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What can happen if I get convicted of a domestic violence crime?

On Behalf of | Mar 16, 2020 | Firm News

Any criminal conviction has far-reaching consequences which some might not even totally realize at the time they sign a guilty plea.

In addition to jail time, probation and other fines and penalties, convictions for crimes can affect a person’s professional and personal reputation. In some cases, a conviction may even have an ongoing impact on a person’s professional license, family status and even basic freedoms.

Convictions for crimes related to domestic violence are particularly well-known for their ability to negatively impact residents of Visalia and the San Joaquin Valley in ways that can alter a person’s life profoundly and permanently.

Loss of the right to possess a firearm

Under federal law, a person who has even one misdemeanor conviction for domestic violence forfeits her right to possess a firearm. Under federal law, someone with a qualifying criminal conviction can face federal prosecution if she is found in possession of a firearm.

It is important to note that the range of qualifying offenses is quite broad. Basically, any conviction where the accused allegedly used, or tried to use, force against a spouse, a former spouse, or the parent of his child can disqualify someone from possessing a firearm.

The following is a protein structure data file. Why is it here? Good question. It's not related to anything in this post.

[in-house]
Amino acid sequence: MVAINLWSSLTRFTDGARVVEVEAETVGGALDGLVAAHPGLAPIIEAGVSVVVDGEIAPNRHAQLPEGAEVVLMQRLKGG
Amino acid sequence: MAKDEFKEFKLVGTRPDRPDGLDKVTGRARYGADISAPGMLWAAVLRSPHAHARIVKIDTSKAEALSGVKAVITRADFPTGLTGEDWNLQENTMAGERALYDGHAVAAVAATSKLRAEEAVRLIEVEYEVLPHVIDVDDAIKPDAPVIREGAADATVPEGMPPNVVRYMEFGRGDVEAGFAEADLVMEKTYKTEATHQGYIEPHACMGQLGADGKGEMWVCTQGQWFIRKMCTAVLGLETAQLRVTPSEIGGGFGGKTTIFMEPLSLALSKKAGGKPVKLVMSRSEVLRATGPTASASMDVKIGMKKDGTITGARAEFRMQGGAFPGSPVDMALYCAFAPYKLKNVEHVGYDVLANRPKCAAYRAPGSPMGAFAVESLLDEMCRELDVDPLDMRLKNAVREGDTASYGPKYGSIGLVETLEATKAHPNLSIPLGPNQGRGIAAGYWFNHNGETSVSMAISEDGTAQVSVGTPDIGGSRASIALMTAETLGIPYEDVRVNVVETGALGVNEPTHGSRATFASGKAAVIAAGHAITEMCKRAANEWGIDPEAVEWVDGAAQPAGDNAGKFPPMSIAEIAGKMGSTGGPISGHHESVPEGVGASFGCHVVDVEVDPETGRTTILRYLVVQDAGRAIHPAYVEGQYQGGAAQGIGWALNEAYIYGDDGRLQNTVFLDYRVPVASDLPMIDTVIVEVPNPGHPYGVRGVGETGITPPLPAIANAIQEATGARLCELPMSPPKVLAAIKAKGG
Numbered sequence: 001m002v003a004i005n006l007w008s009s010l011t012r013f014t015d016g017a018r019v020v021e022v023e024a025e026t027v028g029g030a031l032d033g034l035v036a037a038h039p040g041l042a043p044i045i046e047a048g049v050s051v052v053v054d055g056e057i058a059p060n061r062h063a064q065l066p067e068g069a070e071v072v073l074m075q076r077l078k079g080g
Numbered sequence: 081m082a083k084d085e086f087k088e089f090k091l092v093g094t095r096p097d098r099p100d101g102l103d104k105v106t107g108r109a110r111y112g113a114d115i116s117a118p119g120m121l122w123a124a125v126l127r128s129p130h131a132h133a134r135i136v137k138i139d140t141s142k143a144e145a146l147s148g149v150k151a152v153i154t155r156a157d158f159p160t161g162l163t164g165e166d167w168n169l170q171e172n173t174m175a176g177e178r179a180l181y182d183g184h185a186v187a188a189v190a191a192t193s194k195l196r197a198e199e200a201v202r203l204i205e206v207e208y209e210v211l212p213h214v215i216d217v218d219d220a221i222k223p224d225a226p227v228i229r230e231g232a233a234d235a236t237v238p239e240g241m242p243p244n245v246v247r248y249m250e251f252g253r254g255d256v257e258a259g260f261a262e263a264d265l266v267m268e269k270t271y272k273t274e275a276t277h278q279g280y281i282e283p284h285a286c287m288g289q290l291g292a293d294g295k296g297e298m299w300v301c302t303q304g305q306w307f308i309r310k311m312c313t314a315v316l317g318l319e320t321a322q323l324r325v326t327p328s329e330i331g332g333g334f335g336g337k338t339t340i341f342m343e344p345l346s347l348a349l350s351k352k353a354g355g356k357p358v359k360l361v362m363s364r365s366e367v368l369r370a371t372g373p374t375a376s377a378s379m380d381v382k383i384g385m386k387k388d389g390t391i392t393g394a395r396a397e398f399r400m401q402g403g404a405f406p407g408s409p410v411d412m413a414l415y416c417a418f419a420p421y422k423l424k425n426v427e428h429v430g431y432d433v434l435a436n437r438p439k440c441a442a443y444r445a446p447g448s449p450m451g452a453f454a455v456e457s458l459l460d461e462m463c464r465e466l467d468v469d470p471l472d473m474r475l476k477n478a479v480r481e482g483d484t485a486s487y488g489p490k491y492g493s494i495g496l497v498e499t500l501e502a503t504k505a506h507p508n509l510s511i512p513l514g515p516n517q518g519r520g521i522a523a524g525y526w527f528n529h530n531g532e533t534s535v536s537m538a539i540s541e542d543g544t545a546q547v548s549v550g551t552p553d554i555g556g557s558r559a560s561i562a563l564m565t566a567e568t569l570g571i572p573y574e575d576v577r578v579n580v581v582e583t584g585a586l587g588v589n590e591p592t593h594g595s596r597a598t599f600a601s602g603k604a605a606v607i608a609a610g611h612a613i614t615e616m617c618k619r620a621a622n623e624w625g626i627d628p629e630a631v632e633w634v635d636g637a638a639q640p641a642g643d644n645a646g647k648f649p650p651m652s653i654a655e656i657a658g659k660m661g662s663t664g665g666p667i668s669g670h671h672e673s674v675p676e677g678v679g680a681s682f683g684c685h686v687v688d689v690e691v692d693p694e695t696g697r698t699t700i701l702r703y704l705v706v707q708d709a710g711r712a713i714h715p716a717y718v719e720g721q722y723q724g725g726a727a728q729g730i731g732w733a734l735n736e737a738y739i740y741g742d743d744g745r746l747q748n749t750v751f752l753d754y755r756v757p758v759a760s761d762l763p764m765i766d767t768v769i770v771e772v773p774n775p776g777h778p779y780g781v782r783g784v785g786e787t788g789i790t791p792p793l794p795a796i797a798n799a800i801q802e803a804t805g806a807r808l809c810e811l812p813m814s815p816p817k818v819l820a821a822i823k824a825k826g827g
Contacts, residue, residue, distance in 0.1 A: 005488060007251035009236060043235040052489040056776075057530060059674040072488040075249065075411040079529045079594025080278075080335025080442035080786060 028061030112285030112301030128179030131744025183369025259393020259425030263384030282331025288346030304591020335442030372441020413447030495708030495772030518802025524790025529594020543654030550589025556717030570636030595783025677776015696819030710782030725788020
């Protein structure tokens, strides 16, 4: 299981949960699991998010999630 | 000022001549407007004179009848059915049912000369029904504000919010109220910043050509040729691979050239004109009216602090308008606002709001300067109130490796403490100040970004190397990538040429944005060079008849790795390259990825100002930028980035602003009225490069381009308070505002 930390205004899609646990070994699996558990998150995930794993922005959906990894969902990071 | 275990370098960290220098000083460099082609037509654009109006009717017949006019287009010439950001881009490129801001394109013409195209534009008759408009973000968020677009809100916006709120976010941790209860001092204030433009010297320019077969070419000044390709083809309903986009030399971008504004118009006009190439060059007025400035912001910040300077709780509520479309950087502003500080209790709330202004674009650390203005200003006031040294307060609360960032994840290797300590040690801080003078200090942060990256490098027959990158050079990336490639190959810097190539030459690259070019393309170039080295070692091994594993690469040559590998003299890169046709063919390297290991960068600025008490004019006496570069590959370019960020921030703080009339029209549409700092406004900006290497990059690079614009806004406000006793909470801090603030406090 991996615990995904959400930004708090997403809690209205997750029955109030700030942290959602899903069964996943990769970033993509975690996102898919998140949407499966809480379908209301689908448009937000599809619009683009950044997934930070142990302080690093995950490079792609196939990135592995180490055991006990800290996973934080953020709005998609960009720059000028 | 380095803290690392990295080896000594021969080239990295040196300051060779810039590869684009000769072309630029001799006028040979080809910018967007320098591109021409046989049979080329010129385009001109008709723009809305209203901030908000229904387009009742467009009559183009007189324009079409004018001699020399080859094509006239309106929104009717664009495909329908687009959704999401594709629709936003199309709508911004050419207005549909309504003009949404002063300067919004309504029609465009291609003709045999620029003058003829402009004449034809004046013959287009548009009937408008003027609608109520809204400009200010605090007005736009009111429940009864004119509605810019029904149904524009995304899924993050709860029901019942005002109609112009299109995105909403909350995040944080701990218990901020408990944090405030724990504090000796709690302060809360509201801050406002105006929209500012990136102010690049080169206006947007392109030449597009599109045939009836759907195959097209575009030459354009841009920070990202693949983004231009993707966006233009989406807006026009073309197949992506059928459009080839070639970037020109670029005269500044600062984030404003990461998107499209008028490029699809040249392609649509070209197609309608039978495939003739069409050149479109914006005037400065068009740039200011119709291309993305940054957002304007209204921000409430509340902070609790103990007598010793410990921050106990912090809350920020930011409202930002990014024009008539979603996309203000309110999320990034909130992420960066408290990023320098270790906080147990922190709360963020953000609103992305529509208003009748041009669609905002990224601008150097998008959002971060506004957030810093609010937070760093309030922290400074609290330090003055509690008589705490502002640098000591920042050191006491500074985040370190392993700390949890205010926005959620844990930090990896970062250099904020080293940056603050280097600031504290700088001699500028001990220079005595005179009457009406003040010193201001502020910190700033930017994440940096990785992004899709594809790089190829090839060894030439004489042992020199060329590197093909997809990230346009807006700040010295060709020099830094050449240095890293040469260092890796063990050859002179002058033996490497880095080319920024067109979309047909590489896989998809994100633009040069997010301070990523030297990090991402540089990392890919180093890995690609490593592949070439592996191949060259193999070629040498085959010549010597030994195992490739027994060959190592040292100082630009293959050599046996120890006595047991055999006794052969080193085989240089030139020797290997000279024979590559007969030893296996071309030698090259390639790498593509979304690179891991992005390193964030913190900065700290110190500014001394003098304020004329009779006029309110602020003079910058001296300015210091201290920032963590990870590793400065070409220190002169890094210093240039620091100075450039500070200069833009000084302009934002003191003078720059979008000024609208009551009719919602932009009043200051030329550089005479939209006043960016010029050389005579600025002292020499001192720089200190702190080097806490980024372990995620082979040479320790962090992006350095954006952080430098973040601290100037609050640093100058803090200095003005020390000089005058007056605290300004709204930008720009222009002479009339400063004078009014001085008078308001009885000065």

The ban does not expire, and there are no exceptions, even for those who routinely carry a firearm as part of their work.

Professional licensing and other freedoms

State authorities who regulate various trades and professions, including lawyers, doctors, nurses, teachers and those who work regularly with children vulnerable people, take domestic violence convictions very seriously.

It may be legally impossible for a person to continue to work in her chosen profession after a conviction.

For those who wish to adopt or who are involved in fostering children, a domestic violence conviction can prevent them from continuing to do so.

Finally, crimes of domestic violence will make a person who is not an American citizen deportable, even if he otherwise staying in this country lawfully.

Child custody and parenting time

Finally, while it is probably a good idea to discuss the details with a family lawyer, a domestic violence conviction can under California law prevent a parent from having, or keeping custody of his or her children or even seeming them without restrictions.

This is particularly important since many domestic violence case arise during or immediate before custody disputes.

The bottom line is that a Californian accused of domestic violence has a lot at stake. He or she evaluate his or her legal options carefully.